When Kennedy was shot, we were  in kindergarten.  I doubt anyone came to notify us about it during class the way so many other people remember.  We were learning the alphabet and eating paste with the wooden sticks used to scoop it from the large communal clump placed in the middle of each table.  My own mother was in the hospital, having just given birth to her fourth child.  My gravest concern that week was how to avoid eating the horrible food and burnt cookies prepared by the woman my parents had engaged to take care of us while my mother was away.

We were in fourth grade when Martin Luther King was assassinated, and again, too young to fully grasp who he was or the implications of this tragedy.  What we could notice, however, was how anxious the adults were when they wouldn’t let us walk home during the race riots that ensued just blocks from school in the days after his murder.  Traditional evening services during Holy Week were shifted to afternoon so we could be back in our homes by the curfew established by the police department.

Some kids probably barely noticed Bobby Kennedy’s death that June since it occurred when school was out, but I knew of it because my Irish Catholic family was, to put it mildly, Kennedy-obsessed.  Profiles in Courage was prominently displayed on the living room coffee table and an expressionless plaster bust of JFK sat on a shelf in the family room.  My grandmother, a special education teacher and early advocate of mainstreaming, was an acquaintance of Eunice Shriver and served on the board of a Kennedy Foundation which promoted services for the developmentally disabled; Rose Kennedy represented to her the epitome of a Catholic mother.  JFK and Jackie were revered by my parents.  My mother chose a powder blue palette for our living room and took her fashion cues from the First Lady.

My classmates and I were far too young to know about much less attend Woodstock and could see the large teen rallies (or love-ins) every Sunday at a local park only from a car window as our mothers drove past and shook their heads.  The Vietnam War was but a story on the nightly news, rarely discussed in front of us and over before we were close to being draft eligible as our older brothers had been.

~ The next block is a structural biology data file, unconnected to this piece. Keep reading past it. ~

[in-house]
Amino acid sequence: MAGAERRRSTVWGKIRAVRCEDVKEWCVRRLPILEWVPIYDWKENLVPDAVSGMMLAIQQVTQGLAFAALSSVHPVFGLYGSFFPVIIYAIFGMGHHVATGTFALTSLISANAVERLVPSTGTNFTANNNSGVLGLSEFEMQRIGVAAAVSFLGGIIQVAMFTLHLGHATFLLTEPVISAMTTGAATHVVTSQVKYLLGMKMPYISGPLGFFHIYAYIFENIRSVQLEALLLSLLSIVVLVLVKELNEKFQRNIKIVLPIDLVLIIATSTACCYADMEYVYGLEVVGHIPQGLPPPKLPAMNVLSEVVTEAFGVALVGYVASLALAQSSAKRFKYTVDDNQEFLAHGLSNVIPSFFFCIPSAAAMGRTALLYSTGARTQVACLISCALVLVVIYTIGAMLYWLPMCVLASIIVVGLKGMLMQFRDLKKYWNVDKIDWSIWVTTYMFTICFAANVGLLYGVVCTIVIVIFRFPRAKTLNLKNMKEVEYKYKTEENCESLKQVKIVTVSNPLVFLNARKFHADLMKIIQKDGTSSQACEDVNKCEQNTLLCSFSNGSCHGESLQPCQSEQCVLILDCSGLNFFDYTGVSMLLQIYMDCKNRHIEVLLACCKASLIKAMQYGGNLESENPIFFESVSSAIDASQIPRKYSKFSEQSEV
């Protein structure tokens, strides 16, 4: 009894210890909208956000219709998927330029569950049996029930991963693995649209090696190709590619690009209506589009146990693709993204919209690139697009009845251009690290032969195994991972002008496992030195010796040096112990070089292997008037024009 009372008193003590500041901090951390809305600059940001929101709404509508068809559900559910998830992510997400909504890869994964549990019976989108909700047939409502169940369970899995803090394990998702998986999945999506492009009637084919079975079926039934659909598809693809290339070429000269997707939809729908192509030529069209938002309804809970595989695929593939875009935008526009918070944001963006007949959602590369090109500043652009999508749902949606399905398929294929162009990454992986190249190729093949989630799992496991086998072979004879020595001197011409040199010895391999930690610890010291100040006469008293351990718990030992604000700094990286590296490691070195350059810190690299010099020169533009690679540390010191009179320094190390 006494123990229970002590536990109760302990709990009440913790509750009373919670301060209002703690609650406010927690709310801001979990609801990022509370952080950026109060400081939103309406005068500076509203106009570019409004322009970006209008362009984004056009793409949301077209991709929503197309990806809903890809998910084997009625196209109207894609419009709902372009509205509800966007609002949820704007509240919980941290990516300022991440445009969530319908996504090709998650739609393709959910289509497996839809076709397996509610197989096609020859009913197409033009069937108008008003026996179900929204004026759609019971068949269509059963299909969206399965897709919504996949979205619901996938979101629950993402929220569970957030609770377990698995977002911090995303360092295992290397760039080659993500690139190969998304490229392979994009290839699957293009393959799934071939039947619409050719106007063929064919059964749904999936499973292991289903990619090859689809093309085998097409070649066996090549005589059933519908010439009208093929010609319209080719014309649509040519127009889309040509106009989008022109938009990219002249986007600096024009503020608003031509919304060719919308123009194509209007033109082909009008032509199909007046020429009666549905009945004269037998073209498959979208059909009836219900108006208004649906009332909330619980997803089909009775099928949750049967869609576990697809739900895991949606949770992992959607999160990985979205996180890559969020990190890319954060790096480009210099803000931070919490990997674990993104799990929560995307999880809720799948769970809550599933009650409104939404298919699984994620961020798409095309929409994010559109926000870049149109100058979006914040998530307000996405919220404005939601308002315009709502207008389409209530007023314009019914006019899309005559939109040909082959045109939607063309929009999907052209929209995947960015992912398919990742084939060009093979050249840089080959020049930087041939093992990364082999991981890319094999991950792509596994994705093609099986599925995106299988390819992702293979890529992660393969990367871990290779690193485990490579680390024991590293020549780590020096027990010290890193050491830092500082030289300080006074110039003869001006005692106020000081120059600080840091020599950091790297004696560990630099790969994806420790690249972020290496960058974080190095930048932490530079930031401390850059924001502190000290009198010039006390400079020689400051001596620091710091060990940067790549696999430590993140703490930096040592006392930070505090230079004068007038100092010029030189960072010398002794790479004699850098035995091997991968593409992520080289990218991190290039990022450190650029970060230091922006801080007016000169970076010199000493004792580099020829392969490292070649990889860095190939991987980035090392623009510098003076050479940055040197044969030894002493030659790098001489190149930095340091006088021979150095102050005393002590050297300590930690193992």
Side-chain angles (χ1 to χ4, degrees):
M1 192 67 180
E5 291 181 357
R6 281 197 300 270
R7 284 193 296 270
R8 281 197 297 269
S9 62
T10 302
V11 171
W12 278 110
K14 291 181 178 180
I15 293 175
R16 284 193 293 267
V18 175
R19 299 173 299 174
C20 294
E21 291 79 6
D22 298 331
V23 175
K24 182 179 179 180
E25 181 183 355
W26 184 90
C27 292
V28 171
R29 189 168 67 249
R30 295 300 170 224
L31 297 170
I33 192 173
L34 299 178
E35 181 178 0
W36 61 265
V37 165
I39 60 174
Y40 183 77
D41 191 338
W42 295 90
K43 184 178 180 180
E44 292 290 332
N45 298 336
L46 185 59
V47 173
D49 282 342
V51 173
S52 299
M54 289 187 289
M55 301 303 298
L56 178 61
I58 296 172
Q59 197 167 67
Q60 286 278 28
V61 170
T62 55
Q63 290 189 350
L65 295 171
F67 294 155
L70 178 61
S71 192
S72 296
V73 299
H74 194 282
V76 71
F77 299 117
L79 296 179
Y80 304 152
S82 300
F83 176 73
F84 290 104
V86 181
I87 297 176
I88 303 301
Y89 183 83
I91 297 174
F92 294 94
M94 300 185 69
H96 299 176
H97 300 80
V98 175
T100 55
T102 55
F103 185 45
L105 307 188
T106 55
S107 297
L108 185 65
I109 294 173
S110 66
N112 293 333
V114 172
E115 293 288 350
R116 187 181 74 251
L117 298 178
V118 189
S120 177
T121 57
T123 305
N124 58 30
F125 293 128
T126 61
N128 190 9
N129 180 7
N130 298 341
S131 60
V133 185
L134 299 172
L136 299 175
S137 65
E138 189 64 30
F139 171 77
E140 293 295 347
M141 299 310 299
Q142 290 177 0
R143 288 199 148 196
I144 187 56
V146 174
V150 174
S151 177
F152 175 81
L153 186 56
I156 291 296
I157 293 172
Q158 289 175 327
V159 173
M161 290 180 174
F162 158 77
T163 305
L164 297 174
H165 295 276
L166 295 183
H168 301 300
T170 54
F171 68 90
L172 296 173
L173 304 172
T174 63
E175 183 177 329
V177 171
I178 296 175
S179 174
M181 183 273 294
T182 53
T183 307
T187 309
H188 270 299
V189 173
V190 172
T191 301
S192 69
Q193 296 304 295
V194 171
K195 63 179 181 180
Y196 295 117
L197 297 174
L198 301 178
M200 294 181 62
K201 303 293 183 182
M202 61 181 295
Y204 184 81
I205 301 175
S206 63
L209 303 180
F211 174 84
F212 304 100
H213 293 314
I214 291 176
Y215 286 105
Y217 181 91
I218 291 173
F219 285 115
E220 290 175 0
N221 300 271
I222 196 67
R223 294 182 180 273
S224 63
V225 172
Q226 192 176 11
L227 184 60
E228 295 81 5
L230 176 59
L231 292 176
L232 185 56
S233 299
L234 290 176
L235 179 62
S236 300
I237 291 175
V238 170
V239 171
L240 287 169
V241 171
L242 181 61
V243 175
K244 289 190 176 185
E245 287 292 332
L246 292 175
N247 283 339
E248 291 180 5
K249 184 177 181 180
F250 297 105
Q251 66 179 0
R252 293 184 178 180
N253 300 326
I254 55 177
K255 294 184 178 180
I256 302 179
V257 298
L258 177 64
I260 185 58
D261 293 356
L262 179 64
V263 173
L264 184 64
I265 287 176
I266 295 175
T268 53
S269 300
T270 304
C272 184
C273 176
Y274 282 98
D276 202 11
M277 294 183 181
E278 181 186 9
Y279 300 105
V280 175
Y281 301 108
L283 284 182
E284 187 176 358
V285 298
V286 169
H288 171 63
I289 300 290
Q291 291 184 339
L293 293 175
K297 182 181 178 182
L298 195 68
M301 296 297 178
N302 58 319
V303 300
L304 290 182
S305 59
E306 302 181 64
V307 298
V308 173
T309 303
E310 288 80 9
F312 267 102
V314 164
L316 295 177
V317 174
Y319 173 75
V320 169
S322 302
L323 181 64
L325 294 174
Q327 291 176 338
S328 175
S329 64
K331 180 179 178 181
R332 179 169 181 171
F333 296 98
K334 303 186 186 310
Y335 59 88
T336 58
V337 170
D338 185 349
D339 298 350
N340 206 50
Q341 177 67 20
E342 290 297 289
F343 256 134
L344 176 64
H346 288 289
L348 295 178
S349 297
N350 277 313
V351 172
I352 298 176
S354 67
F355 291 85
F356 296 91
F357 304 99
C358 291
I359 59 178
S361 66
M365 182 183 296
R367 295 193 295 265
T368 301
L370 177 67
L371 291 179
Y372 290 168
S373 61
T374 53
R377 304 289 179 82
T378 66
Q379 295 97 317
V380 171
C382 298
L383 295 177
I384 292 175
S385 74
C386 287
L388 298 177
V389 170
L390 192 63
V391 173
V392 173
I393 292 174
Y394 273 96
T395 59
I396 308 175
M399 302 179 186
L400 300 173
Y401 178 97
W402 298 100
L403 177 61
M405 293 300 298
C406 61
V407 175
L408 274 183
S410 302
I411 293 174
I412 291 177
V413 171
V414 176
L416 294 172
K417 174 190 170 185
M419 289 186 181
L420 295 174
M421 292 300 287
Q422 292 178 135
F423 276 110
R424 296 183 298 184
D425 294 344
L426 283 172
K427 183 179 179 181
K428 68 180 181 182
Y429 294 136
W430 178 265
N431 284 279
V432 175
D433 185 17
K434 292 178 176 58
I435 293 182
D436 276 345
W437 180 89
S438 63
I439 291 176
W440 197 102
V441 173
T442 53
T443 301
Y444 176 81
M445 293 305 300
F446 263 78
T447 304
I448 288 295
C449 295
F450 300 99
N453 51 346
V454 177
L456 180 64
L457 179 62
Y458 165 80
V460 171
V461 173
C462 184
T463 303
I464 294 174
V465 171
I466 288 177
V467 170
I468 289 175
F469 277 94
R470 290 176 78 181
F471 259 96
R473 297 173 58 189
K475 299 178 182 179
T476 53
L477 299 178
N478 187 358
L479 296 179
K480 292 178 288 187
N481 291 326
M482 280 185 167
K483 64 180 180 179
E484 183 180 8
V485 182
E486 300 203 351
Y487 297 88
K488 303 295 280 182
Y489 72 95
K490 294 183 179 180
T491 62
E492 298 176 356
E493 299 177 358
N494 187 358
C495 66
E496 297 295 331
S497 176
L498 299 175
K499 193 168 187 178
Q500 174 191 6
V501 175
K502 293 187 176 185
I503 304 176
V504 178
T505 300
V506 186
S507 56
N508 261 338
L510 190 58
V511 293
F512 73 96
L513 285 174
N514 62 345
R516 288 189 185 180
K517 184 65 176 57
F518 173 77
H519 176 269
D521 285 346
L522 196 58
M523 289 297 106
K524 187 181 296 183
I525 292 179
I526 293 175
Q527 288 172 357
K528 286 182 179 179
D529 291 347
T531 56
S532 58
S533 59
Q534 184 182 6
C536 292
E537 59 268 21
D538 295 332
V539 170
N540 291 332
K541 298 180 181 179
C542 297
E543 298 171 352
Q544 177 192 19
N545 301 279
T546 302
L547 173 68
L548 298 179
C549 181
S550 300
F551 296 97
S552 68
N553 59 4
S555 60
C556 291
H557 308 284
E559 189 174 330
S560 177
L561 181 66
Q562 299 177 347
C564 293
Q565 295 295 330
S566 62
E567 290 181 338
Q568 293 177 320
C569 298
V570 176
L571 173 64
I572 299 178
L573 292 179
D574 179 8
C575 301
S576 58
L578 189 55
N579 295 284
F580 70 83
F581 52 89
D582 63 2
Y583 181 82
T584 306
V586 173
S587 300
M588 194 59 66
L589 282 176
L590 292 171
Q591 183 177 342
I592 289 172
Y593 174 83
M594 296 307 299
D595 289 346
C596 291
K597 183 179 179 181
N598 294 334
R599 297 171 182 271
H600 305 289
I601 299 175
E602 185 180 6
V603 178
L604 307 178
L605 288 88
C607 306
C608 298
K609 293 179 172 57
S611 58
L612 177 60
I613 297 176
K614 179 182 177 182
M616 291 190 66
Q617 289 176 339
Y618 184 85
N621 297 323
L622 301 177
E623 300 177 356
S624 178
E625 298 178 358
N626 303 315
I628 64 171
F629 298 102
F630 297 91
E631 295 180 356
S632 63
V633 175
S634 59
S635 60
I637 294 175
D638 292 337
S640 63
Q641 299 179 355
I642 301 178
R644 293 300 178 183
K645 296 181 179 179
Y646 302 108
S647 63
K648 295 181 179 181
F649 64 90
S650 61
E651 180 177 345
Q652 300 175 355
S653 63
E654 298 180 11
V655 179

The space race fueled our imaginations and led us to believe that anything was possible. The Cold War was still raging but invisible to us except for the fallout shelter signs hung over the basement doors of most public buildings.  We ducked and covered in the southwest corners of our basements during tornado drills, which were far more frequent and relevant in our Midwestern city than fears about Russian invasions.  The women’s movement opened doors for us that we passed through often without realizing they’d ever been closed.

Our lives were not perfect by any stretch nor were our families or our parents, but whatever limitations, shortcomings, or difficulties any single family had, another helped cover.  And that is precisely what made it such a rich community.

The special homecoming for the whole school last May was held in the new and improved gym.  It began with Mass and quickly swelled into a large-scale party with folks drifting in as the night wore on.  Every direction I turned I saw a familiar face: classmates, friends, neighbors, older and younger siblings of classmates, family friends, parents, teachers, all there to reconnect with each other and celebrate the extraordinary life we knew as children.  I felt as if I was walking through the hall when school let out at 3:00 pm 37 years ago.  And just as in a fairy tale, I didn’t want this briefest of glimpses into the past to end. 

As we drove home, my husband and I chatted about what a wonderful evening it had been and thought of one person, now deceased, who would have absolutely reveled in this kind of get-together, having hosted so many gatherings of these families at the school and in her home over the years. 

Yes, gregarious and sociable with a delicious sense of fun, Mrs. G. would have been in her element at this party.  The next morning, I emailed her daughter Bebe to tell her just that since it was she who had spearheaded this historic homecoming and, by the way, whose grandfather and my great uncle served as best man in each other’s wedding several years before the doors of St. Peter’s Grade School opened, some 80 years ago.